You must keep up the agreement for the policy in order to receive the death benefit. If the insured allows the policy to lapse, whether intentional or not, the life insurance company can deny the claim. 

Signing up for automatic payments prevents this from happening. If you’re considering allowing your policy to lapse, you should know you have more options.  

The Employer Failed To Complete Necessary Paperwork or Communicate Benefits to Employees

Group life insurance is common in a lot of workplaces. With employer-provided life insurance programs, the employer’s responsible for sharing necessary information. To both the employees and the life insurance company. 

When this information doesn’t get communicated correctly, you may have a life insurance claim denied. A company doesn’t always communicate with its employees about who can have coverage or what would be covered in the event of a death. For example, the group insurance program may change without the employees knowing how it affects them. 

An employer may tell someone on disability they don’t need to pay their premiums. Unfortunately, their employer failed to submit the necessary paperwork to make that happen. The employee then loses coverage. 

Situations When The Death Benefit Payout is Delayed

There are a few situations where a life insurance claim isn’t denied, but there’s a delay in paying the death benefit. 

Unclear Beneficiary Information

Policies will ask for a primary beneficiary, secondary beneficiary, and additional final beneficiaries. In the event that a beneficiary dies before the insured, there’s still a remaining clear beneficiary. 

However, sometimes someone only lists a primary beneficiary. Or the beneficiaries have passed away. 

Sometimes the insured will list the beneficiaries of the policy as “children” or “relatives”. When there isn’t a specific person designated, the life insurance company will take longer to approve the death benefit.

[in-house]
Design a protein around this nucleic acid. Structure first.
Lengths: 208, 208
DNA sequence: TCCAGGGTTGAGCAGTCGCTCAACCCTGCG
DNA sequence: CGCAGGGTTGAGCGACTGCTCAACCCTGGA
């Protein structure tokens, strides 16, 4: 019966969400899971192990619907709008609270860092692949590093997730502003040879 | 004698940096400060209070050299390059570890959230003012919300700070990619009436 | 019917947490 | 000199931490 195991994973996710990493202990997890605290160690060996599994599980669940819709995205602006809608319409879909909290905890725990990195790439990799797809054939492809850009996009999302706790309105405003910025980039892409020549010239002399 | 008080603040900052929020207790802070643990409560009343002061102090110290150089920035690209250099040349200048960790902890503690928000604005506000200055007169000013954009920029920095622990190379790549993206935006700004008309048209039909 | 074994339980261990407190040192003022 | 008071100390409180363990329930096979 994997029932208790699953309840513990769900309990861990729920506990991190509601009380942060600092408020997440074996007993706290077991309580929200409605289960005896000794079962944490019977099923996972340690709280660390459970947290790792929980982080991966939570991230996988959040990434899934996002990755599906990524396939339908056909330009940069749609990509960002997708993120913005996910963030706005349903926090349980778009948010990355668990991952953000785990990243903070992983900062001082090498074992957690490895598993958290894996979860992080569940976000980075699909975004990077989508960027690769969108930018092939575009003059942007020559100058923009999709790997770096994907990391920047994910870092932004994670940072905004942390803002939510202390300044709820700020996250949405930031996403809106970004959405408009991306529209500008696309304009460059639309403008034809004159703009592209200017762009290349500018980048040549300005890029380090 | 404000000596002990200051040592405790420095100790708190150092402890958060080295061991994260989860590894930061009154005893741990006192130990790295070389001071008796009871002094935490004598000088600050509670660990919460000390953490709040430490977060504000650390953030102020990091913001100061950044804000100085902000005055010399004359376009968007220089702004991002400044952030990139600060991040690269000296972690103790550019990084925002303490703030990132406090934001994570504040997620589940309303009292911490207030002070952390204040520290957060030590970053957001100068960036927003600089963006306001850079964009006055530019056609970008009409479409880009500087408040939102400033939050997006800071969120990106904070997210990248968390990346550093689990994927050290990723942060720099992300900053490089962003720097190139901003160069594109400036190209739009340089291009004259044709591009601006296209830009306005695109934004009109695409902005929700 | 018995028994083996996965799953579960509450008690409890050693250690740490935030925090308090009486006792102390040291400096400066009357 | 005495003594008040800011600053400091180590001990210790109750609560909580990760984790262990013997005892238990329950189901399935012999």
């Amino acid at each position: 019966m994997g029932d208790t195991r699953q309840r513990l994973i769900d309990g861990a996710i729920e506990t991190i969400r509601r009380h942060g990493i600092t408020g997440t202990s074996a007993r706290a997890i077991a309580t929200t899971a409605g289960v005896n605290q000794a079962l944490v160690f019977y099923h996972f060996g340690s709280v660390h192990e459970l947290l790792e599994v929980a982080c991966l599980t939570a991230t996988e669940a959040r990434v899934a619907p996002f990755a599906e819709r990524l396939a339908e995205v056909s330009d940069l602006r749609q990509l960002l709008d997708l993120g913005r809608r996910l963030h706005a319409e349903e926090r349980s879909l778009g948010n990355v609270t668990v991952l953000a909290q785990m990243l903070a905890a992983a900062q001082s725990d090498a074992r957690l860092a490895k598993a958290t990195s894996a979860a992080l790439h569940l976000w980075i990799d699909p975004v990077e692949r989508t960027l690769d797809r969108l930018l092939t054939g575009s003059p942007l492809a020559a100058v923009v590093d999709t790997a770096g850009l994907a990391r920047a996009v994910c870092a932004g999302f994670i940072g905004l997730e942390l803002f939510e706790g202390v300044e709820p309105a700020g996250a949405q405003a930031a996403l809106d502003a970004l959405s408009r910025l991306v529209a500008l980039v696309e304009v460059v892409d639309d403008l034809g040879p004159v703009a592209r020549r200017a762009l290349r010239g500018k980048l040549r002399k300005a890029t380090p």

After a divorce or marriage, you need to update a life insurance policy. When this doesn’t happen, there could be a dispute over who will receive the death benefit. Thus requiring more time to sort out the policy. 

The Beneficiary Is a Minor

If you list a minor as the beneficiary they won’t receive the death benefit until they’re 18. This will delay the claim or require additional paperwork to have the death benefit released to a guardian. 

Appealing When You Have A Life Insurance Claim Denied

Life insurance companies will have a period after their decision where you’re able to appeal. In many of these situations where there’s a minor misunderstanding, such as a mistake with paperwork, you can appeal. 

More complicated cases may need legal representation to get claims paid out with the death benefit. 

Still, it’s best to understand the situations that can lead to a life insurance claim denied. That way you’re able to stay up to date with all documents and policy changes. Every policy is different so don’t make assumptions about coverage. Assumptions can lead to your family not getting the death benefit after paying for decades of coverage.